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Somali-Canadian lost his life through gang related violence

By Tajuddin
In Local News
Feb 7th, 2015
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Yusuf Ibrahim, who goes by the street name “Grinch,” was shot in the back and legs inside the living room of a Forestglade Crescent townhome Friday morning in what police say is a targeted killing.

Yusuf Ibrahim, who goes by the street name “Grinch,” was shot in the back and legs inside the living room of a Forestglade Crescent townhome Friday morning in what police say is a targeted killing.

Ottawa ( Ottawa Citizen + DIPLOMAT.SO) – On the heels of a record year for shootings in the city, the police battle to curb gang-related gun violence in Ottawa came to a head Friday when a 26-year-old member of the Ledbury-Banff Crips was shot dead while lying on a couch inside a southside home.

Yusuf Ibrahim, who goes by the street name “Grinch,” was shot in the back and legs inside the living room of a Forestglade Crescent townhome Friday morning in what police say is a targeted killing. Frightened neighbours called police when they heard the gunshots around 9:30 a.m. Paramedics tried unsuccessfully to revive him.

While police have increasingly said their enforcement and suppression efforts are meant to prevent an innocent bystander from being hit by a stray bullet, the possibility that someone known to police could be gravely injured had also been building.

Police chief Charles Bordeleau (left) walks on Forestglade Cr. in Ottawa, Friday, February 6, 2015. A 26-year-old man was murdered inside unit 32 of a housing co-op located at 181 Forestglade Cr.

Police chief Charles Bordeleau (left) walks on Forestglade Cr. in Ottawa, Friday, February 6, 2015. A 26-year-old man was murdered inside unit 32 of a housing co-op located at 181 Forestglade Cr.

The first shooting of the year on Jan. 10, after 49 shootings in 2014, left a man in critical condition after he was shot twice in the back. The man recovered in hospital. Police Chief Charles Bordeleau visited Friday’s homicide scene himself, a rare move signalling the force’s senior officers continue to be concerned about gang violence.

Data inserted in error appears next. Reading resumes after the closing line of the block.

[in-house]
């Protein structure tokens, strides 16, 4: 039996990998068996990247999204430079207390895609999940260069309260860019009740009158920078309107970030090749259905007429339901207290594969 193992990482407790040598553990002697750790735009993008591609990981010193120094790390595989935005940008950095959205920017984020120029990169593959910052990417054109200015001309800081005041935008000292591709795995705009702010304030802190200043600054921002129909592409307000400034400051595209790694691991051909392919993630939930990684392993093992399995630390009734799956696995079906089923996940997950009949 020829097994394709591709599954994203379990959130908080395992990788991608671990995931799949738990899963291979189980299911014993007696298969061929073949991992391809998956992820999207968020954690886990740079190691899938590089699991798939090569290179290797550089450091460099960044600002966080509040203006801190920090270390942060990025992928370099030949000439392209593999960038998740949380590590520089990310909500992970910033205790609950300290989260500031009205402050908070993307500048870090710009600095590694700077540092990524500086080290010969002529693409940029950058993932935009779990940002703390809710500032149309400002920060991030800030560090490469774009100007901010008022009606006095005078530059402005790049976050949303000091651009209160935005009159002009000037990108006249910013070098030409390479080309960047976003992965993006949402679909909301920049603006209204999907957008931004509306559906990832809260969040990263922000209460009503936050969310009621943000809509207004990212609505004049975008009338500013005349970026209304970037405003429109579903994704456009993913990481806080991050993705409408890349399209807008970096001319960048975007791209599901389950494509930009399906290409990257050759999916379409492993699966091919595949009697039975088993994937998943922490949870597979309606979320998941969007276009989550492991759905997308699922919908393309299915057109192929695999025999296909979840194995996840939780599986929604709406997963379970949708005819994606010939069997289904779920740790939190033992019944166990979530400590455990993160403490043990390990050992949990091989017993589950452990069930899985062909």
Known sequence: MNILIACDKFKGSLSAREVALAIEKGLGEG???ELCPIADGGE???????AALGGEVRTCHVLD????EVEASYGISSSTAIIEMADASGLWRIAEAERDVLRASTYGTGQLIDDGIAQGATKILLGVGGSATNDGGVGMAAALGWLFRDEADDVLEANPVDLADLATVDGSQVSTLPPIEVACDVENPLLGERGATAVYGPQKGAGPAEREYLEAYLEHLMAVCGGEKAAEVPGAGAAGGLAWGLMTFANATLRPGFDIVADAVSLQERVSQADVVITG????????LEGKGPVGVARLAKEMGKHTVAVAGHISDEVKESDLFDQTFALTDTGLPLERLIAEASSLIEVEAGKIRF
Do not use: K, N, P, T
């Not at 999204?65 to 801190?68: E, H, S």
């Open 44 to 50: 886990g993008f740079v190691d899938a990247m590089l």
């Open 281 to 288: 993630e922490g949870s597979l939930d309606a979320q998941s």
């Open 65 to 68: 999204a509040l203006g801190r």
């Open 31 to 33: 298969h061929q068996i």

In a statement released to media, Bordeleau said retaliation for the gangland killing isn’t an “immediate concern” for the force but “it is always troubling when something like this happens in our community.”

Bordeleau confirmed that he had been on scene speaking to neighbours to assure them that police are investigating the homicide and other incidents of gang-related violence as a “top priority.”

The victim, Ibrahim, has a criminal record, most notably for riding in a car that was involved in a notorious drive-by shooting at a southside Tim Hortons in January 2008. Ibrahim was riding in the back seat of the car when another man fired at men in the parking lot of the Tim Hortons on Walkley Road. A .44-calibre Smith & Wesson revolver was later recovered by police from the car. Ibrahim admitted that he knew a gun was in the car but only in the minutes right before the shooting was carried out. For his role in that shooting, he was sentenced to a year in prison.